Network News

X My Profile
View More Activity

First Click -- Maryland

First Click

Your Daily Download of Maryland's Top Political News and Analysis

Thursday, October 1, 2009:

Our Last Look (For Awhile, at Least) at New Laws
   Come Friday, we promise to lead this space with something other than new laws. But after a week of build up, today hardly seemed the day to chart that course.
   Starting today, as a result of bills passed earlier this year by the Maryland legislature: it will be easier for judges to take guns away from domestic abusers; teenagers will have to wait a little longer to get drivers' licenses; local jurisdictions will be allowed to deploy speed cameras in school zones; texting while driving is banned; the state will step up efforts to control greenhouse gas emissions; employers who misclassify workers as "independent contractors" will face new sanctions; evidence standards in death penalty cases will be raised; former foster children will be allowed to stay on Medicaid until age 21; and dozens of other changes will take effect.
   "Generally these laws are going to go a long way to making Maryland a safer state," Lt. Gov. Anthony G. Brown (D) tells Laura Smitherman of The Baltimore Sun, who does a grand write up of all that's going down.
   In the pages of The Post, Ashley Halsey III writes that new laws intended to crack down on drunk drivers who cause a quarter of Maryland's traffic fatalities take effect to muted applause from those who advocate stronger measures and from lawyers who defend drunk drivers.
   Our favorite part of Halsey's story had to do with a law that actually didn't pass, one that would have mandated ignition interlock devices on vehicles of certain drunk drivers. House Judiciary Chairman Joseph F. Vallario Jr. (D-Prince George's) told Halsey that mandating their use could cause problems for people convicted of drunken driving who "don't have a car because we can't compel them to buy a car and put one of these in it."

Baltimore Mayor Facing Twin Criminal Trials
   As Maryland Democrats head into an election year, one of the great unknowns remains what fallout there might be from the indictments of the mayor of the state's largest city.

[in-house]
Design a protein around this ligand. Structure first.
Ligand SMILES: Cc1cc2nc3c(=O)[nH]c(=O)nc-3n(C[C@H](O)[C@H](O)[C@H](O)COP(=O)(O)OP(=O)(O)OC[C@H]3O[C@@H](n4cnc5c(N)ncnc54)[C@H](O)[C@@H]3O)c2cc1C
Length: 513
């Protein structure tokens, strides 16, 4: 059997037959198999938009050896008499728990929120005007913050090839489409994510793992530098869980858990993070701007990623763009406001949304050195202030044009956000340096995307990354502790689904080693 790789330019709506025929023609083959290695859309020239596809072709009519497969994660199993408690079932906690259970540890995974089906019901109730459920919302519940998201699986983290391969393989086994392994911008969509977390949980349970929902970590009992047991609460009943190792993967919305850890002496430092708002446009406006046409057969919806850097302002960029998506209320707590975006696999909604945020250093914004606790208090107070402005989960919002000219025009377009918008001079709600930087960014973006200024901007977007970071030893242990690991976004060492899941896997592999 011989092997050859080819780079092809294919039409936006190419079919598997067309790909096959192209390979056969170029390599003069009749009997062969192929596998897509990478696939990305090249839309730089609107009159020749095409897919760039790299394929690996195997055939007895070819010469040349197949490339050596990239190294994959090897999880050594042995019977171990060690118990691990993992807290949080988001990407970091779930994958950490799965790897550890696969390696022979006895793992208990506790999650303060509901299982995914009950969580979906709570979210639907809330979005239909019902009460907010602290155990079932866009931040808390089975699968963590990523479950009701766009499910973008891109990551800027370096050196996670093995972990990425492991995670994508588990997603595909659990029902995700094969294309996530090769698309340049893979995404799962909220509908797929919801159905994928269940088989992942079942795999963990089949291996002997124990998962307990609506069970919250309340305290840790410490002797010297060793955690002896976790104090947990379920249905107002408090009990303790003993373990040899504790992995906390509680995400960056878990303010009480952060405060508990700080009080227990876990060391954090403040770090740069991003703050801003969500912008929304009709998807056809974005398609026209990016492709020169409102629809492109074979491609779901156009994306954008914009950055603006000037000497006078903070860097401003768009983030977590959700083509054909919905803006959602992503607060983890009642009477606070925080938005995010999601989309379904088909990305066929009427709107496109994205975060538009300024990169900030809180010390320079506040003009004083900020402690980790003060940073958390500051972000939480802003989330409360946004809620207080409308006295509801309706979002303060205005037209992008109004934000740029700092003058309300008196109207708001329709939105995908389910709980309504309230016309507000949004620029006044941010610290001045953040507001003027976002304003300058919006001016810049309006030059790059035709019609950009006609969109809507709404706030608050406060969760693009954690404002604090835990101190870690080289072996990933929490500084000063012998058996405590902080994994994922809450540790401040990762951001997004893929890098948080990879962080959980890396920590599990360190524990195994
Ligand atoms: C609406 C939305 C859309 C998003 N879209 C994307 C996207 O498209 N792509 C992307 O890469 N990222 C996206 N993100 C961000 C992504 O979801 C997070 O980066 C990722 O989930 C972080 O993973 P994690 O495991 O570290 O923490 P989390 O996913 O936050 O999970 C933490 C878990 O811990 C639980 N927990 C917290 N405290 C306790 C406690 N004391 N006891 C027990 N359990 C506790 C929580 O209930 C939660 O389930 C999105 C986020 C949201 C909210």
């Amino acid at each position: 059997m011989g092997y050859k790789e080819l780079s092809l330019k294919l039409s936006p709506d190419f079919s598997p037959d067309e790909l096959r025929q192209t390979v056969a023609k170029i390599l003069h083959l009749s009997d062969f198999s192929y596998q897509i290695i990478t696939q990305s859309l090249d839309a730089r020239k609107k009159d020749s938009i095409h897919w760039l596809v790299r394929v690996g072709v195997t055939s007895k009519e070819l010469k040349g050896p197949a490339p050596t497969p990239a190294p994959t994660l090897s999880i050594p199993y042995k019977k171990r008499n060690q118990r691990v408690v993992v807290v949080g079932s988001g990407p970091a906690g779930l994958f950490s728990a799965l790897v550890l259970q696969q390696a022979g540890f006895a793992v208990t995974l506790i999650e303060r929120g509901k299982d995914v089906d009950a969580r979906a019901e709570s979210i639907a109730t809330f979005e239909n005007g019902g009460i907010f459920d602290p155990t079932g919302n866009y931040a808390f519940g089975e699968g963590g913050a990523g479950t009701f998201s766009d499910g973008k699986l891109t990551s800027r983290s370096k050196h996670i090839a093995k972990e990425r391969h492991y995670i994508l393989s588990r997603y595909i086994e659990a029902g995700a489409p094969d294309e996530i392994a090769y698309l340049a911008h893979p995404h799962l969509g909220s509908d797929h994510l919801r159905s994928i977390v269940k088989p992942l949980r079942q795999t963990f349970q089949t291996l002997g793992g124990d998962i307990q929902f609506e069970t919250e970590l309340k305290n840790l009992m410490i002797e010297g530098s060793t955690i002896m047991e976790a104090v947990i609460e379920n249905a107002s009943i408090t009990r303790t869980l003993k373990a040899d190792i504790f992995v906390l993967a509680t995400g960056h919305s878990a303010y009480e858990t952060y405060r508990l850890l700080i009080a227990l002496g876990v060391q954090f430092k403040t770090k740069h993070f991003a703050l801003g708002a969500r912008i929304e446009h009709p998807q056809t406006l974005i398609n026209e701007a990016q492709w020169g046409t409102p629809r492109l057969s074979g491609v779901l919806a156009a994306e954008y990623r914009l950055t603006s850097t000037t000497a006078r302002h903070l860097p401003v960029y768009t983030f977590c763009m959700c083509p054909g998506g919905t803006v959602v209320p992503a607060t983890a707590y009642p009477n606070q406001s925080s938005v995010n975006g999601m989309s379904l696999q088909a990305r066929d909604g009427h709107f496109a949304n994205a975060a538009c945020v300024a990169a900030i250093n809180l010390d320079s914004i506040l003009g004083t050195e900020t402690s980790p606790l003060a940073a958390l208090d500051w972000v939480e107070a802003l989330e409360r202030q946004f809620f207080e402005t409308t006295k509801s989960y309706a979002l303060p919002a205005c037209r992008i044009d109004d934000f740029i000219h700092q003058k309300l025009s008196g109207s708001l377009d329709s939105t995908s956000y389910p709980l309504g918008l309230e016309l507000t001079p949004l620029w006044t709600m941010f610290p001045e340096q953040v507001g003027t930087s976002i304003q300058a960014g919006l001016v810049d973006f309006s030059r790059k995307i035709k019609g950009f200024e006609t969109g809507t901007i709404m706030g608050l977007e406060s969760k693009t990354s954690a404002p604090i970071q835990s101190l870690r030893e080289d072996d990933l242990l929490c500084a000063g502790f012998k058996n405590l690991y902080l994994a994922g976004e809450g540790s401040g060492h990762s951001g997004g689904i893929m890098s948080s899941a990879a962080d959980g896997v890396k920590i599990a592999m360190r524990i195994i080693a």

The Sun reports today on the latest development in the legal saga of Baltimore Mayor Sheila Dixon (D): the prospect that indictments for theft and perjury will be tried separately, meaning the mayor may sit at the defense table for two trials.
   Dixon's trial on charges that she stole gift cards from needy families will go forward on Nov. 9. No date has been set for the perjury trial.

Briefly:

  • Gov. Martin O'Malley (D) hosts a press conference call this morning for the Democratic National Committee on "the impact of health insurance reform on state budgets."

  • Maryland Politics Watch publishes its top picks for Montgomery's most influential elected officials, a list that is certain to generate much debate.

  • Our friends at Maryland Politcs Watch also take aim at legislator's free E-ZPasses -- and claim credit for some results.
  • By John Wagner  |  October 1, 2009; 6:04 AM ET
    Categories:  First Click , John Wagner  
    Save & Share:  Send E-mail   Facebook   Twitter   Digg   Yahoo Buzz   Del.icio.us   StumbleUpon   Technorati   Google Buzz   Previous: Can Montgomery become Cambridge or San Diego?
    Next: O'Malley Pitches Health Reform for DNC

    No comments have been posted to this entry.

    The comments to this entry are closed.

     
     
    RSS Feed
    Subscribe to The Post

    © 2010 The Washington Post Company